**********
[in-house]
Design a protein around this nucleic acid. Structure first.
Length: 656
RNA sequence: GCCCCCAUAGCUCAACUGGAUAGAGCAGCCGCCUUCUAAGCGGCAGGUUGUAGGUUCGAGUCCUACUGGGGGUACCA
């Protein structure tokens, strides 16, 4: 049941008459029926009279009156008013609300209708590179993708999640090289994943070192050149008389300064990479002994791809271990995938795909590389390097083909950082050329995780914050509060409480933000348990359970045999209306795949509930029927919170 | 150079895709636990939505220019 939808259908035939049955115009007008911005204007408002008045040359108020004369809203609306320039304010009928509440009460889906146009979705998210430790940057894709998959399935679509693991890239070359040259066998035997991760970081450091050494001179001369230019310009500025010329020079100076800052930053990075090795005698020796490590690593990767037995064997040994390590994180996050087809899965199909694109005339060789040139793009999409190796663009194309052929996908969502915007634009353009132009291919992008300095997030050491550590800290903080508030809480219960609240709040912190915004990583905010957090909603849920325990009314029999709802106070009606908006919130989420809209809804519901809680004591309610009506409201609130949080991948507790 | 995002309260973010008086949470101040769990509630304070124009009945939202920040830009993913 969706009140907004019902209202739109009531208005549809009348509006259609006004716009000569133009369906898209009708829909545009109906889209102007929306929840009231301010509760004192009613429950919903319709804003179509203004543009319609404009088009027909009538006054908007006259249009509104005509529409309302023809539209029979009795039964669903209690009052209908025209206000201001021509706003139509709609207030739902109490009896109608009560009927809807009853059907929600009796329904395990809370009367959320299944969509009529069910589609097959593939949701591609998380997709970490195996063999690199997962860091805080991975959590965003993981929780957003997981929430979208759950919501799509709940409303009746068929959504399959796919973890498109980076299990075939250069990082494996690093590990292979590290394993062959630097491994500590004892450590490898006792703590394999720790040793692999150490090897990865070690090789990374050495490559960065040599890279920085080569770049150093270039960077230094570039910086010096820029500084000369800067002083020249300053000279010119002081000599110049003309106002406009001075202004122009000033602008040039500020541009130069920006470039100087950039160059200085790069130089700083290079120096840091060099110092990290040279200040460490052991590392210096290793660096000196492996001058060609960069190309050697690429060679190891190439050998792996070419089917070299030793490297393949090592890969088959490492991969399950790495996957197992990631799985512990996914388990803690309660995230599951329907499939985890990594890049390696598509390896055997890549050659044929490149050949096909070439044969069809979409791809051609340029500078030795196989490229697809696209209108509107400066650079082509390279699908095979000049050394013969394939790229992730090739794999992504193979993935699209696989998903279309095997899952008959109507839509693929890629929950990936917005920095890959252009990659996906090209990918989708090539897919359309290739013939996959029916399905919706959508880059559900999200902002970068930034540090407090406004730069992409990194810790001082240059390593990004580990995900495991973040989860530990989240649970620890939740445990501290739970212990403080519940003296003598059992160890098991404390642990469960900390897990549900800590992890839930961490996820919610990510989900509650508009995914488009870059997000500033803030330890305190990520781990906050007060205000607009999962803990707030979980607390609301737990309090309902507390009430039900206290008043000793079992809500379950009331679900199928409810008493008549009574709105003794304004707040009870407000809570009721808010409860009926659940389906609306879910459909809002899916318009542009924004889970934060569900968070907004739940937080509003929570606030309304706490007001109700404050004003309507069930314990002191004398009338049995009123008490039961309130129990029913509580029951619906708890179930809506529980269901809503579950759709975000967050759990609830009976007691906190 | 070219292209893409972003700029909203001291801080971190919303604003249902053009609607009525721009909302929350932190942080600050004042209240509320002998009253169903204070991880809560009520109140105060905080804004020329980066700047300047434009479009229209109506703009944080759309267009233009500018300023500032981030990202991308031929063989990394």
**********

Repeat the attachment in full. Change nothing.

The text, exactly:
[in-house]
Design a protein around this nucleic acid. Structure first.
Length: 656
RNA sequence: GCCCCCAUAGCUCAACUGGAUAGAGCAGCCGCCUUCUAAGCGGCAGGUUGUAGGUUCGAGUCCUACUGGGGGUACCA
């Protein structure tokens, strides 16, 4: 049941008459029926009279009156008013609300209708590179993708999640090289994943070192050149008389300064990479002994791809271990995938795909590389390097083909950082050329995780914050509060409480933000348990359970045999209306795949509930029927919170 | 150079895709636990939505220019 939808259908035939049955115009007008911005204007408002008045040359108020004369809203609306320039304010009928509440009460889906146009979705998210430790940057894709998959399935679509693991890239070359040259066998035997991760970081450091050494001179001369230019310009500025010329020079100076800052930053990075090795005698020796490590690593990767037995064997040994390590994180996050087809899965199909694109005339060789040139793009999409190796663009194309052929996908969502915007634009353009132009291919992008300095997030050491550590800290903080508030809480219960609240709040912190915004990583905010957090909603849920325990009314029999709802106070009606908006919130989420809209809804519901809680004591309610009506409201609130949080991948507790 | 995002309260973010008086949470101040769990509630304070124009009945939202920040830009993913 969706009140907004019902209202739109009531208005549809009348509006259609006004716009000569133009369906898209009708829909545009109906889209102007929306929840009231301010509760004192009613429950919903319709804003179509203004543009319609404009088009027909009538006054908007006259249009509104005509529409309302023809539209029979009795039964669903209690009052209908025209206000201001021509706003139509709609207030739902109490009896109608009560009927809807009853059907929600009796329904395990809370009367959320299944969509009529069910589609097959593939949701591609998380997709970490195996063999690199997962860091805080991975959590965003993981929780957003997981929430979208759950919501799509709940409303009746068929959504399959796919973890498109980076299990075939250069990082494996690093590990292979590290394993062959630097491994500590004892450590490898006792703590394999720790040793692999150490090897990865070690090789990374050495490559960065040599890279920085080569770049150093270039960077230094570039910086010096820029500084000369800067002083020249300053000279010119002081000599110049003309106002406009001075202004122009000033602008040039500020541009130069920006470039100087950039160059200085790069130089700083290079120096840091060099110092990290040279200040460490052991590392210096290793660096000196492996001058060609960069190309050697690429060679190891190439050998792996070419089917070299030793490297393949090592890969088959490492991969399950790495996957197992990631799985512990996914388990803690309660995230599951329907499939985890990594890049390696598509390896055997890549050659044929490149050949096909070439044969069809979409791809051609340029500078030795196989490229697809696209209108509107400066650079082509390279699908095979000049050394013969394939790229992730090739794999992504193979993935699209696989998903279309095997899952008959109507839509693929890629929950990936917005920095890959252009990659996906090209990918989708090539897919359309290739013939996959029916399905919706959508880059559900999200902002970068930034540090407090406004730069992409990194810790001082240059390593990004580990995900495991973040989860530990989240649970620890939740445990501290739970212990403080519940003296003598059992160890098991404390642990469960900390897990549900800590992890839930961490996820919610990510989900509650508009995914488009870059997000500033803030330890305190990520781990906050007060205000607009999962803990707030979980607390609301737990309090309902507390009430039900206290008043000793079992809500379950009331679900199928409810008493008549009574709105003794304004707040009870407000809570009721808010409860009926659940389906609306879910459909809002899916318009542009924004889970934060569900968070907004739940937080509003929570606030309304706490007001109700404050004003309507069930314990002191004398009338049995009123008490039961309130129990029913509580029951619906708890179930809506529980269901809503579950759709975000967050759990609830009976007691906190 | 070219292209893409972003700029909203001291801080971190919303604003249902053009609607009525721009909302929350932190942080600050004042209240509320002998009253169903204070991880809560009520109140105060905080804004020329980066700047300047434009479009229209109506703009944080759309267009233009500018300023500032981030990202991308031929063989990394």